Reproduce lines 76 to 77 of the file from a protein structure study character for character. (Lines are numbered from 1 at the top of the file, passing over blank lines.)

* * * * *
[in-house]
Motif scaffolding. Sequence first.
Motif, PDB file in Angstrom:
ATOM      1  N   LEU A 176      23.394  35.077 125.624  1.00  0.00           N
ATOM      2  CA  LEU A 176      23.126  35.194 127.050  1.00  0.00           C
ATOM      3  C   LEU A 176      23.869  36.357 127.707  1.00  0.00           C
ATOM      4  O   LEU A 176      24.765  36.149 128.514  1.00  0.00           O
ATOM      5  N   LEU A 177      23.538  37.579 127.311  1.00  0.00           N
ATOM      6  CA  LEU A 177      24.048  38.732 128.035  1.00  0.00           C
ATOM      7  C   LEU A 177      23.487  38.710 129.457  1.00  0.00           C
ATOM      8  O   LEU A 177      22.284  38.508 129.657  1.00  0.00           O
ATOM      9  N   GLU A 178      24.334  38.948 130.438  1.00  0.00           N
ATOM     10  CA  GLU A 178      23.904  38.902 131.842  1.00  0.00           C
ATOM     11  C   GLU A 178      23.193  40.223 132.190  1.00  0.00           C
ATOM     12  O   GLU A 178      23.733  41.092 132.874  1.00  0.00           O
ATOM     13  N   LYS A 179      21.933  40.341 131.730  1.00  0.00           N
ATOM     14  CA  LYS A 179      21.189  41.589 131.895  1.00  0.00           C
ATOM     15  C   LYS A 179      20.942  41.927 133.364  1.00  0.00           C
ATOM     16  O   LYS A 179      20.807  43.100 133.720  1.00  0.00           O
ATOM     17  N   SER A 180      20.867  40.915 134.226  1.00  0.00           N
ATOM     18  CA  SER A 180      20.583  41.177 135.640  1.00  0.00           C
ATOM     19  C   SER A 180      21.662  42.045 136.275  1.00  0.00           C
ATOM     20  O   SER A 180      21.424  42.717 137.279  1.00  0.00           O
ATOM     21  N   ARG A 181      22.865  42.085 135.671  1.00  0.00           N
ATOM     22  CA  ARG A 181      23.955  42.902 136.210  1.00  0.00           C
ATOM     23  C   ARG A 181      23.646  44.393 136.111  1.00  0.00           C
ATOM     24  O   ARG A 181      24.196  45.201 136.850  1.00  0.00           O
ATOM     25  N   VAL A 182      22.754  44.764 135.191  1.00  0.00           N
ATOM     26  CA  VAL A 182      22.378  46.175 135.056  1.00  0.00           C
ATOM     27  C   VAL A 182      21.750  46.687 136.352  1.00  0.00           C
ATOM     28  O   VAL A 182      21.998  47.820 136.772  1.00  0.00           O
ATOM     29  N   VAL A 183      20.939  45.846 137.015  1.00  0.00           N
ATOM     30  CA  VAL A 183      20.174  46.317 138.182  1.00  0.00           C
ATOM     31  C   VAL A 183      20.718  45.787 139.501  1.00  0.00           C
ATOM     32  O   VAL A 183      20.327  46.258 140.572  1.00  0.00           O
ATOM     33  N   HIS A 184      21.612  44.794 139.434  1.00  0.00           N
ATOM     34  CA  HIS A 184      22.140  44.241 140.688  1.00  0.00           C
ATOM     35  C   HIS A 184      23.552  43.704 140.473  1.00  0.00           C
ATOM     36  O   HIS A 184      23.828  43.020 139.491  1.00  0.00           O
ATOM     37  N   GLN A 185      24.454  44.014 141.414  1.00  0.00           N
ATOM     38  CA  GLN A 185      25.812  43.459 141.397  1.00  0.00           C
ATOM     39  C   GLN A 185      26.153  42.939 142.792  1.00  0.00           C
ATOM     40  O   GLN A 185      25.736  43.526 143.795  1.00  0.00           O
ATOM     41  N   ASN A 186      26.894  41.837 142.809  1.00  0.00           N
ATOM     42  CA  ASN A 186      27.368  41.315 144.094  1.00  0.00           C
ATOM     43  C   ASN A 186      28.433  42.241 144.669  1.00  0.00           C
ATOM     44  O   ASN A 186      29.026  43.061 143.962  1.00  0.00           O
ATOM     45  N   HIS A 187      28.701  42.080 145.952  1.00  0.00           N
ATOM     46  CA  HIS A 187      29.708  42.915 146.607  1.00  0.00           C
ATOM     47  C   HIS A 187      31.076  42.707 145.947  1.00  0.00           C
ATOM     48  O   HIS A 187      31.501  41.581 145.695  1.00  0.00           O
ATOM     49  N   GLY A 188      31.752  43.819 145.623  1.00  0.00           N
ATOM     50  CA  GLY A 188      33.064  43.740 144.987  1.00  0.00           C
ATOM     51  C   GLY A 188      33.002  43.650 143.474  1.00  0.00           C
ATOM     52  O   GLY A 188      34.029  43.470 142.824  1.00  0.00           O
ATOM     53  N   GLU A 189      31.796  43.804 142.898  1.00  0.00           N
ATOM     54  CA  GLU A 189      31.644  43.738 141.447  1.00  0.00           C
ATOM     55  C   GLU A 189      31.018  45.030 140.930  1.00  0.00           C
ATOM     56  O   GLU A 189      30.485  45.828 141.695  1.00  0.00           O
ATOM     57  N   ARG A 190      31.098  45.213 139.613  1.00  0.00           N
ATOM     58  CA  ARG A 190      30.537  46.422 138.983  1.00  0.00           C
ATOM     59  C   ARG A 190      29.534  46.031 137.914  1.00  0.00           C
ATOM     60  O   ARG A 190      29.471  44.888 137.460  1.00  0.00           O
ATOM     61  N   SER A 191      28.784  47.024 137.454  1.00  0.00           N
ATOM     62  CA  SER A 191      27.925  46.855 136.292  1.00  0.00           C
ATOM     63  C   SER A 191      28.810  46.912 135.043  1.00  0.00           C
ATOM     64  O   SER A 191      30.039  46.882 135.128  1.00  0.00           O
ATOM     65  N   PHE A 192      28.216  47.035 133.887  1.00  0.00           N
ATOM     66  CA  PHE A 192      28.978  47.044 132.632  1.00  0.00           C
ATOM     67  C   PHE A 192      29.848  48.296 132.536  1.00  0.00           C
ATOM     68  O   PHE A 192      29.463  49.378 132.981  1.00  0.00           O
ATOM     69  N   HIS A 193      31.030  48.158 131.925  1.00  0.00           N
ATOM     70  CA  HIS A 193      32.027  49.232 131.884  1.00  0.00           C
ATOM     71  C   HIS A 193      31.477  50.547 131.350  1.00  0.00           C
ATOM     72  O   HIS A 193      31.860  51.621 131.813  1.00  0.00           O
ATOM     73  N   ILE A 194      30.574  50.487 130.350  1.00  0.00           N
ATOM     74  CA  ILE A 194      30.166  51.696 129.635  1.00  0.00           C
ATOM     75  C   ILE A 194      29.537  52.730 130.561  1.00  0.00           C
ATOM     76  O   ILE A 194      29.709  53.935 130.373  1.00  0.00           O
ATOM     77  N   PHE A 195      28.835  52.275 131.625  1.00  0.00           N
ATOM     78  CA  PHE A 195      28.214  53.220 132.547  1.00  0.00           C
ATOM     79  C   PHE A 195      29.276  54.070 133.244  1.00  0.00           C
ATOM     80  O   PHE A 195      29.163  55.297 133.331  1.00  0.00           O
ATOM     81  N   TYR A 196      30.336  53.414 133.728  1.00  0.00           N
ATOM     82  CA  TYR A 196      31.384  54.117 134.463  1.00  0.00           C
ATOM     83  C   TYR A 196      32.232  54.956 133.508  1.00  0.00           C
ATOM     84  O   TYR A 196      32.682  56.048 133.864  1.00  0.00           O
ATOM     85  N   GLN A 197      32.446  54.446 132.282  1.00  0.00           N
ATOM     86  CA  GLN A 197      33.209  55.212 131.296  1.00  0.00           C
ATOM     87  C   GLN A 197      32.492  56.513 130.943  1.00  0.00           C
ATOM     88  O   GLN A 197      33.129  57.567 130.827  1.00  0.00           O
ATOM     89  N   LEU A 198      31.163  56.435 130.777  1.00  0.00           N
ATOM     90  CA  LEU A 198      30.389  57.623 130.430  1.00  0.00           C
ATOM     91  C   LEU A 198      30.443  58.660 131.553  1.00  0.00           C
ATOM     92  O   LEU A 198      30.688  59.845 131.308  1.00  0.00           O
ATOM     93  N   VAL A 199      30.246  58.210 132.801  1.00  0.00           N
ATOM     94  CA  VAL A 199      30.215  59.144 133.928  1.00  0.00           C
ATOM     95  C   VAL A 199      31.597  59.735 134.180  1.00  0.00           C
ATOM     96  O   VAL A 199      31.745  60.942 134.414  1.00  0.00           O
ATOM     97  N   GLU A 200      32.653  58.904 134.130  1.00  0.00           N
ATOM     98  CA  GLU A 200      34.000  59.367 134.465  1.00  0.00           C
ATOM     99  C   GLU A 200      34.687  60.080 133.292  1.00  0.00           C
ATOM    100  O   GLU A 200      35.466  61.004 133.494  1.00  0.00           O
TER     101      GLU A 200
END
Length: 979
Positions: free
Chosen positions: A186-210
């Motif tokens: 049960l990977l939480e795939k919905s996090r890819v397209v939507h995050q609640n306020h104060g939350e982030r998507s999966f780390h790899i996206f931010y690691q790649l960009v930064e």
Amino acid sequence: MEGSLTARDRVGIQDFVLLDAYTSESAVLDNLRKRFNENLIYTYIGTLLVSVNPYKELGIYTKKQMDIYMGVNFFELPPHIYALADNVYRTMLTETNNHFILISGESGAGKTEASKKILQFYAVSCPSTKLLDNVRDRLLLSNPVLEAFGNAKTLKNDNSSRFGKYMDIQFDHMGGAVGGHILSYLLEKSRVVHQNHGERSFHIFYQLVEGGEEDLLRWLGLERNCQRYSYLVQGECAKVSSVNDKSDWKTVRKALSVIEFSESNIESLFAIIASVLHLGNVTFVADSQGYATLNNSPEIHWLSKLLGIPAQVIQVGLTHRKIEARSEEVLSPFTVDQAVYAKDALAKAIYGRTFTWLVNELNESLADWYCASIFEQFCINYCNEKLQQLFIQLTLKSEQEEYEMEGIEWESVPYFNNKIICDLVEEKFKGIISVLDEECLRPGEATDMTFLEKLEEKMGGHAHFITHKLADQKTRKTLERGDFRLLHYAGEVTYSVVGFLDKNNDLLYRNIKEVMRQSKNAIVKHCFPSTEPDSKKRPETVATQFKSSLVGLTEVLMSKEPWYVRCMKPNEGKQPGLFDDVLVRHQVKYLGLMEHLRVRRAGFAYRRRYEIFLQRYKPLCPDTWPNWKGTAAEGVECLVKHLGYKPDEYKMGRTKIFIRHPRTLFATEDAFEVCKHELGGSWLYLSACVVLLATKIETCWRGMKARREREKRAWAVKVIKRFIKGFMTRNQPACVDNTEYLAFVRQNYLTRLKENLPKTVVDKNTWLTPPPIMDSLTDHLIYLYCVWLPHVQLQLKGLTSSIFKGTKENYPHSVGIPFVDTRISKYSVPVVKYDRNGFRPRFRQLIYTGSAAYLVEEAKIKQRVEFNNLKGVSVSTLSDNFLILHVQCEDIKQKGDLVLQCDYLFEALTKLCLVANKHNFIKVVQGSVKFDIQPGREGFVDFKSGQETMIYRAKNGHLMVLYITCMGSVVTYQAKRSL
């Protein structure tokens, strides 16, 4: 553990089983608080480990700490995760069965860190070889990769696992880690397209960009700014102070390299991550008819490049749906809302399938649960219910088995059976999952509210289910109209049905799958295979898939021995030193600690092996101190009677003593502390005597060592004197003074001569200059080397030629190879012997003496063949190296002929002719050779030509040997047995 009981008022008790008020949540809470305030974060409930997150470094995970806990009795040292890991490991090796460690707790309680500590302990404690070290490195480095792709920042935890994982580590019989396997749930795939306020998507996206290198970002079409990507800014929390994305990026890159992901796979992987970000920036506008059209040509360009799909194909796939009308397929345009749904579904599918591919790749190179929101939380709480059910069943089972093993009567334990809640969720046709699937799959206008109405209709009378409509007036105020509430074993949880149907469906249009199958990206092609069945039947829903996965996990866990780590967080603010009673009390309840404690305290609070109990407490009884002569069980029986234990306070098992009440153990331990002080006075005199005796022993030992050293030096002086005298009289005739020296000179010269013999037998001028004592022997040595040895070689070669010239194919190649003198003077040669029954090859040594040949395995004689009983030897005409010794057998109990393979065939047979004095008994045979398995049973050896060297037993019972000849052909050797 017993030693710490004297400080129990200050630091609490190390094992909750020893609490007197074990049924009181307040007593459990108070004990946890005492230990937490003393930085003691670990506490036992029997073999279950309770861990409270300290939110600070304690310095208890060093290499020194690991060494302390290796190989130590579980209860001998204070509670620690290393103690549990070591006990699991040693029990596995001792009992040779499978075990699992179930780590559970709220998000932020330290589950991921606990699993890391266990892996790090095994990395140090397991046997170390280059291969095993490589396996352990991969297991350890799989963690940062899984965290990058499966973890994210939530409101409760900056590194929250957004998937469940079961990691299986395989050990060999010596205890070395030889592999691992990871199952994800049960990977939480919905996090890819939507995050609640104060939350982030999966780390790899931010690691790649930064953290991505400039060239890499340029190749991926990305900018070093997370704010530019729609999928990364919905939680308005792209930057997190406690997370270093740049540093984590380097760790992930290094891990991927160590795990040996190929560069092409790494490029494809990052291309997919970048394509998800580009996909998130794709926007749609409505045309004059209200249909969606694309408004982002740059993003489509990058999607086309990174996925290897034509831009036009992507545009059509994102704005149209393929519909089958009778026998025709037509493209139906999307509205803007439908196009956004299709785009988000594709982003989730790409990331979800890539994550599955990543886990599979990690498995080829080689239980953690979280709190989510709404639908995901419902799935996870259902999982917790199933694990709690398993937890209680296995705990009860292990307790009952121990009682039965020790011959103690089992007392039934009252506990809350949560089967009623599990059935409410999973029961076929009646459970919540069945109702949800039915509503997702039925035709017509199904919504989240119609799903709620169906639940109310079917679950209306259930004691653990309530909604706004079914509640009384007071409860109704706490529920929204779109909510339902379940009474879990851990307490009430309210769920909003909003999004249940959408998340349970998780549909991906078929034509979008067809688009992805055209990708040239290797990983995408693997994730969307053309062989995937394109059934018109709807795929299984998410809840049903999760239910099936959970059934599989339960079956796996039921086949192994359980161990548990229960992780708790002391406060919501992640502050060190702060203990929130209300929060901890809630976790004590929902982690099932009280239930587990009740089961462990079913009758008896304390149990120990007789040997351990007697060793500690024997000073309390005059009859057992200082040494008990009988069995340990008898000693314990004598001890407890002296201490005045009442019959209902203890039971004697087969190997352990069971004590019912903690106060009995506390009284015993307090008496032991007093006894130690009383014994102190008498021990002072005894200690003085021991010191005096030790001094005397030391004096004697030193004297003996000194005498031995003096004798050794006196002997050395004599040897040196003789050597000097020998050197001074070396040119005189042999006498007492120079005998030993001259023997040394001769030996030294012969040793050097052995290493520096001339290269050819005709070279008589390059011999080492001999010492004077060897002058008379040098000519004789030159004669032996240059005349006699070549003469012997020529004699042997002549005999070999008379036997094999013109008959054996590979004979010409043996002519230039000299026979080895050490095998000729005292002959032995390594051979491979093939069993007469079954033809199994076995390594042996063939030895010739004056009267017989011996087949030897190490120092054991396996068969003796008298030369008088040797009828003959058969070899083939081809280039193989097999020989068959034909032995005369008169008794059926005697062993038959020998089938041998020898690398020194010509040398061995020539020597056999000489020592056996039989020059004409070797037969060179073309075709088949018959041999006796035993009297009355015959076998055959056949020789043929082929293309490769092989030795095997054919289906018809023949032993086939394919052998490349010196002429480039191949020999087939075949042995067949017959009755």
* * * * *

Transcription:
ATOM     73  N   ILE A 194      30.574  50.487 130.350  1.00  0.00           N
ATOM     74  CA  ILE A 194      30.166  51.696 129.635  1.00  0.00           C